Vol. 22, No. 5,514 - The American Reporter - September 7, 2016

by Mark Scheinbaum
AR Finance Writer
Angel Fire, N.M.
March 16, 2011
Market Mover

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ANGEL FIRE, N.M., March 16, 2011 -- The banged-up flatbed bounced and bumped at 65mph, headed southbound on I-95 in moderate traffic, when a wheel came flying off.

Behind the truck in the center lane, wedged in by traffic on either side, I watched as if in slow motion as the giant tire spinning wildly smacked into the right side of my front bumper, and hurled my Audi into the air.

My seat belt held, my skull bumped the headliner, witnesses said all four of my wheels went airborne like in a movie chase scene, and the truck wheel kept spinning, landing atop the concrete median strip. I landed with a crash of sparks, made it to the next exit and survived to praise Audi and its engineers.

Today I listened to CNBC-TV's Mark Haynes, whom I trust, and his colleague Jim Cramer, whom I loathe, discussing worst-case scenarios for crashing markets and economies based on tragic Japanese headlines.

All night, listening to commentators from Hong Kong, Tokyo and Sidney, I heard similar fears. In fact, for most of my waking hours since last Friday's 9.0 earthquake, monster tsunami wave, and nuclear power plant compromises and explosions, I have pulled all of my old investigative reporter instincts together for the macro view of the future.

From the Straits Times of Singapore to the Financial Times of London, the news is mostly dismal. But reading and listening carefully between the lines, there could be another view.

As a firm Contrarian, a certain part of my brain believes this could be one of the best investment opportunities for Japan and other markets - including the United States - in many years.

Many of you will disagree with what I am writing. I chuckle because even here we are probably on the same page, because an old Wall Street adage says, "In a world of contrarians, if you're not, you are!¯

Each one of my observations is food for thought and for perhaps a complete "monogram" by the Wharton School's fine series of "Knowledge" reports.

So consider these starting points for future discussion, but also the synthesis of more than four decades as student and practitioner in the worlds of business, finance, politics, and human nature.

NUCLEAR DEBACLE - From fault-riddled California, to hurricane-prone Turkey Point in Florida, the world and its leaders will take new hard looks at nuclear power plants. There is no such thing as "fail safe" and there is no such thing as a foolproof system of protecting Earth from radiation leaks in disasters in a future we cannot know.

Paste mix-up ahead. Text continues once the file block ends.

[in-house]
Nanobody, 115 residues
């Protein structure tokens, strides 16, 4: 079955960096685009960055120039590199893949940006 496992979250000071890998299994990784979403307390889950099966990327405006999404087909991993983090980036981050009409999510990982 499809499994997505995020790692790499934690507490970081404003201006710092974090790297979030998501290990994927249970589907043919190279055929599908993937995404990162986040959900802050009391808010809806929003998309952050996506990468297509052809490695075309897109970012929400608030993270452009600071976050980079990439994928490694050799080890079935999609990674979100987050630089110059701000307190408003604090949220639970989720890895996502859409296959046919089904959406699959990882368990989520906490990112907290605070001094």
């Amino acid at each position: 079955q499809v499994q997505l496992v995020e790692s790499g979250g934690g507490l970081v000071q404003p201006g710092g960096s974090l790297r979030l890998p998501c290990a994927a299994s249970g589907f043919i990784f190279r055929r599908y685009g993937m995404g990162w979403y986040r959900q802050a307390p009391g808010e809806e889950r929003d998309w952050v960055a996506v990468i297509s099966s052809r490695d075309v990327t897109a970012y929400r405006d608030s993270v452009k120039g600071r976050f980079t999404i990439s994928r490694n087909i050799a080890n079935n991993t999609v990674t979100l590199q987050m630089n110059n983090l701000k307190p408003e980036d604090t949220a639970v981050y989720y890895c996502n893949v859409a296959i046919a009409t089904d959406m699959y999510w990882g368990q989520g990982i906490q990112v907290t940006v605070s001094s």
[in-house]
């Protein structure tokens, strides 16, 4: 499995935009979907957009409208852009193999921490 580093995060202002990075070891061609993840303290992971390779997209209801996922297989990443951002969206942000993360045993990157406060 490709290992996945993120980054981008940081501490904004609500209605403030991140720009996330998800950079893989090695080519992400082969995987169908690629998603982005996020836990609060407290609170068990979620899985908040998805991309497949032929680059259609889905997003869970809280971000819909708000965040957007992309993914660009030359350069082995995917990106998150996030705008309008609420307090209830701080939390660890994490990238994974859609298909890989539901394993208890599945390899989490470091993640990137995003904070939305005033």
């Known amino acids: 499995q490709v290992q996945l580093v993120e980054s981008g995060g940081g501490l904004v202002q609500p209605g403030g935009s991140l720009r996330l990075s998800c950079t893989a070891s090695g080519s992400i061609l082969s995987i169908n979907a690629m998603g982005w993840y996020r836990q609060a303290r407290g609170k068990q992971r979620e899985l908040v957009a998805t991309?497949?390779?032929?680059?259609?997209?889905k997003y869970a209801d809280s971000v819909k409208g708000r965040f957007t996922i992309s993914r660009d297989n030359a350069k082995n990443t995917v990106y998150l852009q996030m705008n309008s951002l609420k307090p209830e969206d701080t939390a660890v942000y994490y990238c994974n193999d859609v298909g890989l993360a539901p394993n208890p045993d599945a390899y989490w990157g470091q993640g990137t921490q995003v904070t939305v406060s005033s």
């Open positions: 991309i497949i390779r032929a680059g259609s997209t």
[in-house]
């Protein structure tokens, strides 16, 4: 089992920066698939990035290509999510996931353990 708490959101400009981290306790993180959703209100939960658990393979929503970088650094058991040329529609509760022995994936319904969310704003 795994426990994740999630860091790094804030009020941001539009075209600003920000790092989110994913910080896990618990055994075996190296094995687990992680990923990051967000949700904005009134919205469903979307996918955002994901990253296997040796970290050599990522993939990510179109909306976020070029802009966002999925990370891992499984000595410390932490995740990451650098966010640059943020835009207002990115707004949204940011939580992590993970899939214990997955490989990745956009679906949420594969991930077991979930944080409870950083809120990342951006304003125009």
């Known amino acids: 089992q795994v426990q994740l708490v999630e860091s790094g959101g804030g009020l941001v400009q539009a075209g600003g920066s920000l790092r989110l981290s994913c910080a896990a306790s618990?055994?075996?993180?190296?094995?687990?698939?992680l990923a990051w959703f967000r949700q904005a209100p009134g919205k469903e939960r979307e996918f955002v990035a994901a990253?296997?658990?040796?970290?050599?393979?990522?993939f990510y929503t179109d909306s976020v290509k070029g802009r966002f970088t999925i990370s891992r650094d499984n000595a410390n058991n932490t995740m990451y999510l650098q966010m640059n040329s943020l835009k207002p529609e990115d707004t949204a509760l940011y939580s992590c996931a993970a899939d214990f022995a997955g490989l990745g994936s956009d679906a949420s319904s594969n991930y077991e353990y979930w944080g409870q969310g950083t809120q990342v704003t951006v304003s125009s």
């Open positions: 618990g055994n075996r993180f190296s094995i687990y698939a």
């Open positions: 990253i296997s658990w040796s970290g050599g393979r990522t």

But what if all six impacted Japanese plants survive the crisis with a staged closing, going offline, securing or encasing "hot" cores, avoiding the escape of acceptably low levels of isotopes - and all this actually does not cause widespread death and future cancer risk?

The worst earthquake in memory; the worst tidal wave to hit a developed nation, and the failure of one, two, three or more redundant safety systems at nuclear plants!

The odds are millions to one of this confluence of events. But it happened. And if, just if, the engineers and managers, corporate sponsors and atomic energy regulators give an "all clear"¯and doomsday is avoided, I pose this question, which my fellow environmentalists will cringe at: "Is it possible that we can learn from the Japanese events, make further improvements, and grudgingly admit that nuclear power might indeed be a safer alternative to polluting and depleting hydrocarbons?"¯

The entire experience could prove that France with 75 per cent dependency on nuclear power actually is a better template for economic sanity than the United States still dependant on the violence and vagaries of Venezuela or Saudi Riyadh for our future.

It also shows that the technology which allowed Japan's power plants to survive the worst trembling troika in history could also mean that T. Boone Pickens and others are correct. They are correct in putting their minds and money into solar, wind, natural gas, geothermal, hydro- and other power sources.

One thing good about living atop my mountain some two hours from the closest Target or Starbucks is the thousand 1,000-gallon propane gas tank. It is up the hill behind the cabin has proven more reliable, more cost-effective and less polluting than any other power source I have used.

Finally, hoax "Radiation cloud charts" have appeared on the Internet (including here on AR, at my editor's insistence) showing the "arrival" of the "deadly" Japan nuclear "cloud" in California and Western states in six days. Virtually every reliable authority reports this is highly unlikely, and thousands of miles of ocean winds disperse atomic particles.

If and when the northeastern Japanese coastline blows up in a mushroom cloud, there is still little likelihood of danger to Americans at home.

INSURANCE RISK - The double-digit market declines in Asia and volatility in Europe and the United States are blamed in part on insurers dumping stocks to build cash to pay for billions of yen and dollars in claims from Japan. One might revisit the great dance choreographed by former AIG chief Hank Greenberg and his son after Hurricane Andrew hit South Florida.

In a now-infamous memo, the head of the world's largest insurer bragged about how the gigantic claims would allow AIG to (1) raise rates for people who want insurance at any cost, and (2) gather more policies and market share from holdouts who were scared that they did not have any or enough insurance on their homes and lives.